“I’m very disappointed in you, son.” Jesse took Tommy’s hand. “Because of your disobedience, I have chores for you at the office. What’s the matter? Don’t you like Miss Larson?”
“She’s nice enough.”
“Then what is it?”
“She ain’t ma.” Tommy’s chin quivered. “She don’t have the right to tell me what to do.”
Jesse stopped and knelt, forcing his son to look at him. “You’re right. She isn’t your mother, she’s your teacher. That gives her the right to tell you what to do.” He pulled Tommy close, tucking his head under his chin. He closed his eyes and exhaled deeply, wanting to take away his son’s pain, but had no idea how.
“Don’t you think your ma would want you to be good at school?”
“Yes, sir.” Tommy sniffed.
“Then, you owe it to her to be the best you can be.” He held him at arm’s length. “Can you do that?”
Tommy nodded. “I’ll try. But Sarah told me I was a dummy because I spelled my name wrong.”
“Did you tell Miss Larson that?”
“No.”
“Well, you should have, but it still doesn’t make your own actions okay.” He resumed leading his hurting child home. “Tell me something good that happened at school today.”
“We’re going to have a spring recital. I need to find something to do.”
“Any ideas what?”
“I’m going to write a poem to ma.” Tommy grinned up at him. “Won’t she like that?”
Jesse blinked back tears. “She would have loved it.” He might not be the best father in the world, but he must be doing something right. He swung Tommy onto his shoulders and continued their walk to his office.
A woman and small child sat on the bench out front, the child holding a large bowl on his lap. “Run next door and do your homework, son. The garbage can wait. Mrs. Morrison, what can I do for you?”
“Leroy won’t stop throwing up, Doc. I don’t know what else to do.”
Jesse opened the door. “Come in. Let’s see if we can figure out the problem.” He motioned for the boy to sit on the examining table in the back room. “Have you eaten anything today that didn’t sit right with you?” He took the child’s temperature, only to find it normal.
“My brother and I wanted to see who could eat the most raw eggs. I won.” He retched.
“Looks to me like you lost, son.” Jesse straightened and pulled a dark-colored bottle from his cabinet. “Give him a teaspoon of this every four hours until he feels better.”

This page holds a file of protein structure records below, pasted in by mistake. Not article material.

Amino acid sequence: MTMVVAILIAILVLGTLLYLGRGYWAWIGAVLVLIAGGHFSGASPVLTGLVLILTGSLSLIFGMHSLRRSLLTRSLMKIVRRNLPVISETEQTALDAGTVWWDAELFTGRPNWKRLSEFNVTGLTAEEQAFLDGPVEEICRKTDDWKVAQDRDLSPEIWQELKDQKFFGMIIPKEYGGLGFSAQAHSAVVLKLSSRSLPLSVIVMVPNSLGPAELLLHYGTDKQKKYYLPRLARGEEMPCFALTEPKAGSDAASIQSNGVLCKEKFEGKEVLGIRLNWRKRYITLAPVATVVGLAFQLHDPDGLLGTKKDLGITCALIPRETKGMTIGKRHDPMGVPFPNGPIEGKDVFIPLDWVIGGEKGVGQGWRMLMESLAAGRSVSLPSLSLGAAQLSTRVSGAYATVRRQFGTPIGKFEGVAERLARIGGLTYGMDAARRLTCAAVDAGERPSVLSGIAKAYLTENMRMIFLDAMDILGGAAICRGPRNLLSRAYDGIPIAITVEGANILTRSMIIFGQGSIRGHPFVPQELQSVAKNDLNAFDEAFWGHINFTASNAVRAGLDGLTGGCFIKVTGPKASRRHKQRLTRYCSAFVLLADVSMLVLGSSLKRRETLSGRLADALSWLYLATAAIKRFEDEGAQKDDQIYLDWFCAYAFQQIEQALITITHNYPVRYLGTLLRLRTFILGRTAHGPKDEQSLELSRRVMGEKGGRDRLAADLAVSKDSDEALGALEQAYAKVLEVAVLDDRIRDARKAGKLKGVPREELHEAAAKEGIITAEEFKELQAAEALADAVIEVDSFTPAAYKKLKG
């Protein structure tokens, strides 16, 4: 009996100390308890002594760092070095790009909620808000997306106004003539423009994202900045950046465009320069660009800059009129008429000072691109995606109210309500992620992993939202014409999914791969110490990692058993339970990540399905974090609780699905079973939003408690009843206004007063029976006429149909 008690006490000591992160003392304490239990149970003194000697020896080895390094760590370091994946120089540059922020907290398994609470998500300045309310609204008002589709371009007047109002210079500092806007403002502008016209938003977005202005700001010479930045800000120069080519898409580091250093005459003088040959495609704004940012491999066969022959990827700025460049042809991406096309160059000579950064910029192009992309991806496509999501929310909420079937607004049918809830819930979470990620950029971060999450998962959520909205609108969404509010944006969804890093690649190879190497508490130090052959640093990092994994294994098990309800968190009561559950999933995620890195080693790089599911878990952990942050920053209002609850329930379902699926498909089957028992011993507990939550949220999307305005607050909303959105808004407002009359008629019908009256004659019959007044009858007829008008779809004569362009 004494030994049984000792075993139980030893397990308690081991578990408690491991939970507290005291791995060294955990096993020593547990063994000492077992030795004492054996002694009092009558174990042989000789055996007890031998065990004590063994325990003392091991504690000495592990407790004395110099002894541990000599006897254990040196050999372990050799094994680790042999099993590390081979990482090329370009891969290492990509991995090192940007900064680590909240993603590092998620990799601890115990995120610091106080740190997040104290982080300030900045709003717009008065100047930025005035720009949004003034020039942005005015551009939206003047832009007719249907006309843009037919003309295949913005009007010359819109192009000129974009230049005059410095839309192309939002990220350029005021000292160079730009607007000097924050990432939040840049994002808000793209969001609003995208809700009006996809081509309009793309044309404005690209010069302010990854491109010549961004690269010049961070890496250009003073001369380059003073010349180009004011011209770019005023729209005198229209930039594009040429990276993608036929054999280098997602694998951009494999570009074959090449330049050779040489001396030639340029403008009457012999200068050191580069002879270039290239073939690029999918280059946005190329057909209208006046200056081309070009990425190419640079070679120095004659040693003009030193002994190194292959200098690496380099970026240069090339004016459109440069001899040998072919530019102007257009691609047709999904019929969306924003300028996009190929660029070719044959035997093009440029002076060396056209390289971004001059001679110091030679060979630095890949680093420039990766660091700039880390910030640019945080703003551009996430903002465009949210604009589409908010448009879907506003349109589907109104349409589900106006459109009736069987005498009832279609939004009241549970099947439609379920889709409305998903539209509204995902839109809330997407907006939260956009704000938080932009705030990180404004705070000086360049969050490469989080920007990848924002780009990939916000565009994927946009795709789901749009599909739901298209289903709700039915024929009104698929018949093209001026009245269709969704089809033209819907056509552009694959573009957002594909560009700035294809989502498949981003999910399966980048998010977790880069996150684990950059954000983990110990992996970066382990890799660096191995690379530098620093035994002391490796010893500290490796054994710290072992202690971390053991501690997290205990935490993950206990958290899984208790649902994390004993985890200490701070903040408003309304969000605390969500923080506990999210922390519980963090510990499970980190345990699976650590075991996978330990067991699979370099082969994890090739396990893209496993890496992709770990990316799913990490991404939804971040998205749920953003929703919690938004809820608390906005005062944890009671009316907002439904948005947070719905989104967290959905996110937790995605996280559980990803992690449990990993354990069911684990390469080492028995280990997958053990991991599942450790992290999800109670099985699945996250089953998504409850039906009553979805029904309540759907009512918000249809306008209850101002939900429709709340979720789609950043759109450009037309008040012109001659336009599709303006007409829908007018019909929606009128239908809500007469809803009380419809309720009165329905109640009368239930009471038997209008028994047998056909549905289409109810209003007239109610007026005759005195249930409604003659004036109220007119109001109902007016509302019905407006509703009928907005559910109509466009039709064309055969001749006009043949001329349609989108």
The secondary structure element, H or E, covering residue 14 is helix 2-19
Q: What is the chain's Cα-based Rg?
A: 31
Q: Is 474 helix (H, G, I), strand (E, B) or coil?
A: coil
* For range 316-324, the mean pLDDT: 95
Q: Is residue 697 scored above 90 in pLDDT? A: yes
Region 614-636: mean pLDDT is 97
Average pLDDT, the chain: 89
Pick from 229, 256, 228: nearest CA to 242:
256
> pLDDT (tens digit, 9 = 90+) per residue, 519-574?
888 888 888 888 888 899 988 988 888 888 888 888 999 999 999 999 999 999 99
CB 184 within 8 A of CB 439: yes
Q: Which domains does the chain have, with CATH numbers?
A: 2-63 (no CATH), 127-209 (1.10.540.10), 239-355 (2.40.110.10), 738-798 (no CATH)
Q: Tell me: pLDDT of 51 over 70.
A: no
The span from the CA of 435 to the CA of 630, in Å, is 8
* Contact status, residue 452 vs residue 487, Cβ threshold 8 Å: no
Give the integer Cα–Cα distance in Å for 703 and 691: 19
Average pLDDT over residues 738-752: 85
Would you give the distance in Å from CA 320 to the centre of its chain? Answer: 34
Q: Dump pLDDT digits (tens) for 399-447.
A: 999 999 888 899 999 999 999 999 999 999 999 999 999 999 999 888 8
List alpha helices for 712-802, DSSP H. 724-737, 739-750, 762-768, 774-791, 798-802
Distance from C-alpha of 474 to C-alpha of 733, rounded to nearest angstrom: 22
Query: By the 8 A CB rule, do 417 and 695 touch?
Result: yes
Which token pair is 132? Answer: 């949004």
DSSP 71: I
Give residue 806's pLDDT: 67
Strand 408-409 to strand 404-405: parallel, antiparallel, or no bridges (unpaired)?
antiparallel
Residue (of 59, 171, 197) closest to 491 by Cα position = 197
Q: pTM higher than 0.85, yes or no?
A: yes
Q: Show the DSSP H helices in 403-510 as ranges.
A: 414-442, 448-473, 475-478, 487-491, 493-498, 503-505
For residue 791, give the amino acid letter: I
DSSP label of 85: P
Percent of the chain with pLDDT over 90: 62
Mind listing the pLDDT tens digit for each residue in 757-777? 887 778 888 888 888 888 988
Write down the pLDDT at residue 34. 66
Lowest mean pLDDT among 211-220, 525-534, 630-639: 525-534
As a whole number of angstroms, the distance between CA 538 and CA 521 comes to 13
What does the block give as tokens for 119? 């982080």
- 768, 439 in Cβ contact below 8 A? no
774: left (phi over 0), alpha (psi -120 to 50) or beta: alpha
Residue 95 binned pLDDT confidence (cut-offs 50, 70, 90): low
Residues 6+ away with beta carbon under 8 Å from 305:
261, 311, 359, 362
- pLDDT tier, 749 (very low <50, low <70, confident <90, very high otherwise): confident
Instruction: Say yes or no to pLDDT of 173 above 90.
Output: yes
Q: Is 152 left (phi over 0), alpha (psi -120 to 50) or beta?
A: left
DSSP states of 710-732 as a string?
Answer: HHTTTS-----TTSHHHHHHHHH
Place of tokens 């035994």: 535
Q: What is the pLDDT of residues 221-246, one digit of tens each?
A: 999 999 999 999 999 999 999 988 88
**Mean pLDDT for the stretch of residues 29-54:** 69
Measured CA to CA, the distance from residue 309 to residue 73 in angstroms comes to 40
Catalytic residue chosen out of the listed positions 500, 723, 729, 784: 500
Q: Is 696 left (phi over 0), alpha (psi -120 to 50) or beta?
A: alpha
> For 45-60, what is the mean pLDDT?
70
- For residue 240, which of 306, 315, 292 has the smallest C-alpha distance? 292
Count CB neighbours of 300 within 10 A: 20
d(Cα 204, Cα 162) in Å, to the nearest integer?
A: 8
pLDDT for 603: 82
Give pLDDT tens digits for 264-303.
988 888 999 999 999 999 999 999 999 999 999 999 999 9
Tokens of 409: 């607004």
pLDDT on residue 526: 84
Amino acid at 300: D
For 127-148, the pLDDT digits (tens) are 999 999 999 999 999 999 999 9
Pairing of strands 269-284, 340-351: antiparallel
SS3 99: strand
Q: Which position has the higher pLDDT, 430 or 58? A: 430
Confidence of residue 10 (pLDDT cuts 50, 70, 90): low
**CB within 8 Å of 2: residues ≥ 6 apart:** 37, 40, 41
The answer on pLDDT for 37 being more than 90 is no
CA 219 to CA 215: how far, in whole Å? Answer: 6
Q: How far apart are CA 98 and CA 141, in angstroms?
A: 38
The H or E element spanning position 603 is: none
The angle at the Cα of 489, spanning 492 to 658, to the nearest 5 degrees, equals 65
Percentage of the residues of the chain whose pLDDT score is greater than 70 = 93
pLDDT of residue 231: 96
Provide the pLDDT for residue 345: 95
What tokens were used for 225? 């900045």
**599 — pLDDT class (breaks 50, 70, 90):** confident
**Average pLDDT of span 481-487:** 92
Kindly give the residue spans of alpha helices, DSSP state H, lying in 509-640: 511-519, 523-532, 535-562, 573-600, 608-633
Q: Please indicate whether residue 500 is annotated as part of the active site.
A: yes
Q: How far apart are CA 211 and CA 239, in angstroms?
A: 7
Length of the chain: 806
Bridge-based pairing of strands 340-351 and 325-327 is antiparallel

“I don’t have much money,” Mrs. Morrison said. “Will you take a chicken in trade?”
“Pay me when you can. I can set up an installment plan. Don’t worry.” Jesse led them back to the front room where he wrote down the amount of the doctor’s visit.
“I can give you a quarter now, and a quarter a week. Will that be enough?”
Jesse smiled. “That’s plenty.” He ruffled the boy’s hair. “No more raw eggs. You could get more than an upset stomach.”
“Yes, sir.”
They left, leaving Jesse the rest of the late afternoon to fill out patient reports. At five o’clock, he locked the door, and headed to the house he lived in with Tommy.
“Son?”
“In here.” Tommy lay sprawled across his bed, drawing on a pad of paper.
Jesse looked over his son’s shoulder to see a picture of a woman lying on top of a patch of grass, flowers clutched in her hands. While the drawing was the rough work of a young child, it wasn’t hard to decipher that the picture was of Tommy’s mother.
“Son, you’ve got to let her go. Mommy is in heaven now. She isn’t sick anymore.”
“I want her here.” Tommy tacked the picture to the wall with others of the same. “God doesn’t need her. I do.”
Jesse sat on the edge of the bed. “You still want her here, knowing how sick she was? How much pain she was in?”
“Yes. I could make her better. You could make her better.”
“I couldn’t. I tried.” The cancer had beaten every doctor’s attempts at ridding Maureen of it. “Your mother wouldn’t want you focusing on things this way. No more drawing pictures of her dead. You want to draw your mother, then draw her alive and smiling in heaven.” Jesse marched from the room.
He was failing as a single father. Perhaps, keeping it just the two of them since his wife’s death had been the wrong decision. Maybe it was time for Jesse to look for a wife.
He banged pots in the small kitchen and reached for a crock of soup left by a patient the day before. At the very least, he needed a housekeeper. Someone to cook and clean for them and to mend Tommy’s clothing. Jesse had thought he could do it all. How foolish he was. His son needed a woman in his life, even if that woman was only a caretaker.
Lighting the flame on the stove, he straightened, dumped the soup into a pan, and then stared out the window to see Miss Larson making her way home, the setting sun casting highlights on her auburn hair. She was a very lovely woman to lay eyes on, with eyes as dark as coffee and skin that showed she didn’t spend a lot of time in the sun.
Maureen had been a fiery redhead, like Tommy, but the new teacher seemed to have an inner fire that simmered like the soup on the stove. He guessed she could explode if pushed far enough, but she had handled Tommy’s behavior like a champ.
What would it be like to court a woman like her?